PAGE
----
Having completely forgotten the timing of the event, I phoned my father-in-law to get news of when first contact would occur. He diligently researched the matter and informed me that it would happen sometime between 3:03 and 3:06 p.m. PDT. At every stage, I calculated how far we could make it before we had to pull over at a secondary or tertiary site. Gaviota: too far from home to tell. Buellton: too close to call. Santa Maria: 45 minutes away from home at 2:20.

It was a close shave, but we pulled into the driveway at Rancho Atascajoyner around 2:58. Just a few minutes to set up and find the sun, which can be a bit of a trick. I got everything set up fairly quickly, using the borrowed tripod, and miracle of miracles, I managed to find the sun with relatively little difficulty (a feat I was unable to duplicate when I moved the scope to a more comfortable observing position later in the event).

Here’s the setup:

I didn’t have an accurate time signal except for the clock on my Blackberry, but as it turns out, my camera’s clock was relatively well synced with reality: according to that clock, the transit started right around 3:07, and second contact was right around 3:23.

I took many shots with no idea of whether or not the event had started; the first few moments are very subtle, and 60mm is not a lot of resolving power. But here is the moment of first contact, as near as I can determine at 3:07:22 PDT, just a bit later than predicted, but my after-the-fact timing (determined by taking a picture of the time.gov time and adjusting my camera time based on that) could be wrong:

A closer crop of the same picture:

The next image, taken some 92 seconds later, clearly shows the impinging inner planet:

I had no idea how long there would be between first and second contact, so I frantically took picture after picture, checked the sun out with binoculars (I had my Baader binocular filters from the early 2000s) and discovered that it was a good 10–15 minutes (actually 18 or so!) between first contact and complete ingress.

Back in 2004, there had been a lot of talk about the “black drop” effect that made timing the moment of second contact quite difficult; since I wasn’t trying to time it, just take a picture of it, it was a bit easier, but having seriously underestimated the timing, I discovered upon review of the session that I was Very Fortunate Indeed to have captured the moment:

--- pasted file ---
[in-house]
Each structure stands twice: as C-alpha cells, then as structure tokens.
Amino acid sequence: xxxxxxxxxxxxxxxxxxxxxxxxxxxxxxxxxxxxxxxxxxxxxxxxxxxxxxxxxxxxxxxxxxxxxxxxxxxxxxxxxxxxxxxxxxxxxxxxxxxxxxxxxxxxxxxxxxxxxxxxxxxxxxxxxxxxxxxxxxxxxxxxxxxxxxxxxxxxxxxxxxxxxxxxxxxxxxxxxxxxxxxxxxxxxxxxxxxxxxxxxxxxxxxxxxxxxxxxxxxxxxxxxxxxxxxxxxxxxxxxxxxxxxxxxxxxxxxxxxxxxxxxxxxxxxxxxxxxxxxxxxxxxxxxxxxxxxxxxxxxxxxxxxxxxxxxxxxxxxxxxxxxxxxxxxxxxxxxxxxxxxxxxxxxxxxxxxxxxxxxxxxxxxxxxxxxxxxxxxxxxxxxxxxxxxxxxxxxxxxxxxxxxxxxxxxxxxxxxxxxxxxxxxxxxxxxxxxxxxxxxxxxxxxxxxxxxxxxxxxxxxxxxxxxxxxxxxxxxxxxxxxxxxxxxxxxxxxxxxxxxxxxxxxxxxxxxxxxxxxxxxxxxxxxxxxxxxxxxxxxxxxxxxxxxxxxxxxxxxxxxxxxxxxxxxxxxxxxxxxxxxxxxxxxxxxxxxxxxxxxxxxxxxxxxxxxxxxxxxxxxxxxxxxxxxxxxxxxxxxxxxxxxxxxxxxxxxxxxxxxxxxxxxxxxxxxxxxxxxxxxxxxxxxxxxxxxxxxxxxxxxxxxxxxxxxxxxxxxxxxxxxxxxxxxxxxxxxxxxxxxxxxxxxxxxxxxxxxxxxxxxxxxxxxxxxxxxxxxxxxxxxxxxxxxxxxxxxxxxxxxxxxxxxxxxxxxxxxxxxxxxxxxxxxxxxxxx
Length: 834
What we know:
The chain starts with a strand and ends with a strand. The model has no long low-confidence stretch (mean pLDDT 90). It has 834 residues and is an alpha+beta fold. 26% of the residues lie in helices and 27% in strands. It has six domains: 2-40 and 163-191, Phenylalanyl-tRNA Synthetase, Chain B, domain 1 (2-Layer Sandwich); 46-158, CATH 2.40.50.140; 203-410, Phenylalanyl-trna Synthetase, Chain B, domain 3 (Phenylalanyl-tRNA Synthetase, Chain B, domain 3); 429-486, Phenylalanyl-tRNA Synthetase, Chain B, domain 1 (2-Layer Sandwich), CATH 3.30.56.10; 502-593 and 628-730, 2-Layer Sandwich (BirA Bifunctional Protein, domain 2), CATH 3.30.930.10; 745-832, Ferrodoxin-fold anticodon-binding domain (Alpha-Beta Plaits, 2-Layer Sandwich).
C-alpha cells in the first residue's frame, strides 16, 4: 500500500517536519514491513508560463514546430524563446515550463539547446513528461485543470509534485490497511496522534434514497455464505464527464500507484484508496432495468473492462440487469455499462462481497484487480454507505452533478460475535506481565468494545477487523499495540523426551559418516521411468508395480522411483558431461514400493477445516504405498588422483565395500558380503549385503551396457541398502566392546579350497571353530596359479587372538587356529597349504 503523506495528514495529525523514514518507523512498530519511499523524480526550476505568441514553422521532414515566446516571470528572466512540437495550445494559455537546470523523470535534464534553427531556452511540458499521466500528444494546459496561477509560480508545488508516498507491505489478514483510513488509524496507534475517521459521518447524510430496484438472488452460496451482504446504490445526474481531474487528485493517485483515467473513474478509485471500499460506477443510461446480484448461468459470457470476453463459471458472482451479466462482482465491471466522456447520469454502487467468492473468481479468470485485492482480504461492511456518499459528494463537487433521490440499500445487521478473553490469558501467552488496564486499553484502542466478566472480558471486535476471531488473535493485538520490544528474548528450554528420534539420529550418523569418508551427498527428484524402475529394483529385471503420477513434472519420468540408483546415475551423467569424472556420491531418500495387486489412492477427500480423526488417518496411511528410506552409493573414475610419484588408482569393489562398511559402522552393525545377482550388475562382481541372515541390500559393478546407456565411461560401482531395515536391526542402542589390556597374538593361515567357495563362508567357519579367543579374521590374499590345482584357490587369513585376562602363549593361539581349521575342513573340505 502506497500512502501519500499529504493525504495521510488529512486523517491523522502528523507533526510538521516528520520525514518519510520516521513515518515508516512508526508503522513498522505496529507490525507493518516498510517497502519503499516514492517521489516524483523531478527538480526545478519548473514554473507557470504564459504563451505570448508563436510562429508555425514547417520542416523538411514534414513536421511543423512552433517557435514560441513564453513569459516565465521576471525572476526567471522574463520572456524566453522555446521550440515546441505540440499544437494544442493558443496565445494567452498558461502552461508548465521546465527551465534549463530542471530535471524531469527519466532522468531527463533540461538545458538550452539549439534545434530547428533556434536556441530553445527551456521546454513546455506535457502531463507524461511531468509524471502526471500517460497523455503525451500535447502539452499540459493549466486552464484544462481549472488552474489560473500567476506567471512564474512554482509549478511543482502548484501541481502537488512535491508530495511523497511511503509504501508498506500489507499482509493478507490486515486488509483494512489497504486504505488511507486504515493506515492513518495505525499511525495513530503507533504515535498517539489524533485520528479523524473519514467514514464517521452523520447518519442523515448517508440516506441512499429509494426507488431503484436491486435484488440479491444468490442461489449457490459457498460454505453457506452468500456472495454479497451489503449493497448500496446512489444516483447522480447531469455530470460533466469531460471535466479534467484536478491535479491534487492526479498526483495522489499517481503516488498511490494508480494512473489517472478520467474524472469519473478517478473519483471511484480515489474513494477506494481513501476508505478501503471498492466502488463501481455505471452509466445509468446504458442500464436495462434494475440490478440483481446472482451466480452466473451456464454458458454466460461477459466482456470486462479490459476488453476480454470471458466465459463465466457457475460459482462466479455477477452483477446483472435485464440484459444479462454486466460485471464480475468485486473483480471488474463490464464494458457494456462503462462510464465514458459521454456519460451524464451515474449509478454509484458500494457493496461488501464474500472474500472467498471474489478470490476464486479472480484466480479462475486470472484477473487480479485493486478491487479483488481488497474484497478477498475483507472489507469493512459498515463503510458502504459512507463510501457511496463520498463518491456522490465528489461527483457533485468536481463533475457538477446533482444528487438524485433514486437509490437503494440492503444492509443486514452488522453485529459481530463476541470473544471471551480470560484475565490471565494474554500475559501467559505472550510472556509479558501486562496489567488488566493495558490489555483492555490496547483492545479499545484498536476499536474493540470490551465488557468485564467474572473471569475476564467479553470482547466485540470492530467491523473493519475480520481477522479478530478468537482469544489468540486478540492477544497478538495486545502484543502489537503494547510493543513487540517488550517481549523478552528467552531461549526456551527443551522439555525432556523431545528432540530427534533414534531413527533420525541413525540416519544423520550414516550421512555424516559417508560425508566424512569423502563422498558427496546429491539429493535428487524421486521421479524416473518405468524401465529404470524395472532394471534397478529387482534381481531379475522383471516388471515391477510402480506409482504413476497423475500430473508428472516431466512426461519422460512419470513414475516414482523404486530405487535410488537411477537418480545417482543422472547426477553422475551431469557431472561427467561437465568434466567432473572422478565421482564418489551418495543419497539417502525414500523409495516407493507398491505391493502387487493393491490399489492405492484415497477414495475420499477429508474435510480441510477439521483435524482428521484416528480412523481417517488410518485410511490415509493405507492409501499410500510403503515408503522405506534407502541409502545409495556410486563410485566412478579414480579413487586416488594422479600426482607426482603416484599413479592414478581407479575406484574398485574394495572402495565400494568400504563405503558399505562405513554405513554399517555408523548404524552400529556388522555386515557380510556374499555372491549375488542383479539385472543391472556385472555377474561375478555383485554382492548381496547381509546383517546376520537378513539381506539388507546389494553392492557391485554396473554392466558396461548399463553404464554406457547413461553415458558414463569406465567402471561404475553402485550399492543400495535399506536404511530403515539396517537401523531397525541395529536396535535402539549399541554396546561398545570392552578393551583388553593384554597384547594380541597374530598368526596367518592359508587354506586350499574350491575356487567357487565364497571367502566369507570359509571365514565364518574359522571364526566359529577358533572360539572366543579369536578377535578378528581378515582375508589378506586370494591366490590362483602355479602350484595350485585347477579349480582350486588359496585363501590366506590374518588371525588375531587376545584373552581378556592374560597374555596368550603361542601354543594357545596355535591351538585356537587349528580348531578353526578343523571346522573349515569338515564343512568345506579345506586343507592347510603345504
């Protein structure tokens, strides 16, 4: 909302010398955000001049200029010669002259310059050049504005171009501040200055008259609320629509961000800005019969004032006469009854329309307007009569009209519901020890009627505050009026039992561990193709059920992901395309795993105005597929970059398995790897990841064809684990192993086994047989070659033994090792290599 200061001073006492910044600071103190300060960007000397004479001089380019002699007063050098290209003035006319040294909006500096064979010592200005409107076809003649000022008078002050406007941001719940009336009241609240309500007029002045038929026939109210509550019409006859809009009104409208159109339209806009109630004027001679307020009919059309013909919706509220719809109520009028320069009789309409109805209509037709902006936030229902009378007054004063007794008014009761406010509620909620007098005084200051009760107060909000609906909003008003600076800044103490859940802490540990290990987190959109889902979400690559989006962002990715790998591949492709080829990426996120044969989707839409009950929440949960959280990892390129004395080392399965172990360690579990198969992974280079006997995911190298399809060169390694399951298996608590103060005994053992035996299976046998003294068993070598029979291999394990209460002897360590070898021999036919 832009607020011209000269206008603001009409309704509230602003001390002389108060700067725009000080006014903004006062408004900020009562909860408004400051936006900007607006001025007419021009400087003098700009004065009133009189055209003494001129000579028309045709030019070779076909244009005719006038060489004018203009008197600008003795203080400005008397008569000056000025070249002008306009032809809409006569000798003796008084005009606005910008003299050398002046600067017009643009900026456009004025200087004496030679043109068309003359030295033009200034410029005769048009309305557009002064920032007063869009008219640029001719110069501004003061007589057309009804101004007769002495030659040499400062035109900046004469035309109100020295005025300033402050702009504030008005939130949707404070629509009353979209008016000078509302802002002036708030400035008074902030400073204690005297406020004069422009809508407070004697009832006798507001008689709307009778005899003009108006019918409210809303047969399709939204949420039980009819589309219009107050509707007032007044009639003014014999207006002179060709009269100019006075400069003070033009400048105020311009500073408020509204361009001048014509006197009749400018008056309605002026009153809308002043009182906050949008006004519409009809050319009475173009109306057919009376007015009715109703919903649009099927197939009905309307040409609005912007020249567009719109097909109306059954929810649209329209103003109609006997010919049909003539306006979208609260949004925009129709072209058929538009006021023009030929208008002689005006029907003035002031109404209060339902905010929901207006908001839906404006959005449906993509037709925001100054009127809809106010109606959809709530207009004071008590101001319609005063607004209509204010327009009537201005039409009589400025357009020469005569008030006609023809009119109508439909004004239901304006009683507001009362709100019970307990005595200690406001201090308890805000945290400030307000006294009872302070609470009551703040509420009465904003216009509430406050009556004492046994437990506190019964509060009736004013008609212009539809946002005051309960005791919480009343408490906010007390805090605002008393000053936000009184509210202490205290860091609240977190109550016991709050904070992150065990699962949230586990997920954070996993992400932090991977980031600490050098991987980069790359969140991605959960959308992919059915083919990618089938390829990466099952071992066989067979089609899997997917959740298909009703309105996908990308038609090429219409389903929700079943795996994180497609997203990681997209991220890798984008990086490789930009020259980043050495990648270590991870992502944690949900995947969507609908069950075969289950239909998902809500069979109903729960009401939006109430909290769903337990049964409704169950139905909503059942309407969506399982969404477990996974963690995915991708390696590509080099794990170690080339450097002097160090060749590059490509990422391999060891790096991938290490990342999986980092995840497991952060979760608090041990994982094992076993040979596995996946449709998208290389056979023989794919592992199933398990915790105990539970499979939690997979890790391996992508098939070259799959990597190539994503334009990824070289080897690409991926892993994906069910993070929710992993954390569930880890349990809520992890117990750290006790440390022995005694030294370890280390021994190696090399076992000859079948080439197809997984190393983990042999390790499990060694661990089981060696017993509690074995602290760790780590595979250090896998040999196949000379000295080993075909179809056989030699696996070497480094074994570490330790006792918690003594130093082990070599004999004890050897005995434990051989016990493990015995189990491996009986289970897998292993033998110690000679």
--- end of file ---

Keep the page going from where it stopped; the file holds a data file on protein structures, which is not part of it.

Check out this cropped version to see how hard it is to tell whether Venus is completely free of the sun’s limb (3:23:16 PDT):

Even the next shot, about 20 seconds later (3:23:37, is a bit ambiguous:

Cropped version here:

After the first twenty minutes, this once-or-twice-in-a-lifetime event settles into a rather humdrum routine of checking to be sure the planet’s still in view; it’s not going anywhere for several hours, so split-second timing is no longer necessary. Here’s the view from about an hour after the event started:

So after a 6-hour plane ride, a 4-hour van ride, and a 4-minute setup, I had a very nice view of Venus’s long slow slide across the face of the sun. I had bought three little solar viewers (the TO Optical filter material sandwiched between cardboard layers) for the other spectators, and I made sure that Eric got to see through the telescope, in hopes that his 109-year-old self will remember the view when it happens again in December 2117. Daniel, on the other hand, didn’t seem interested.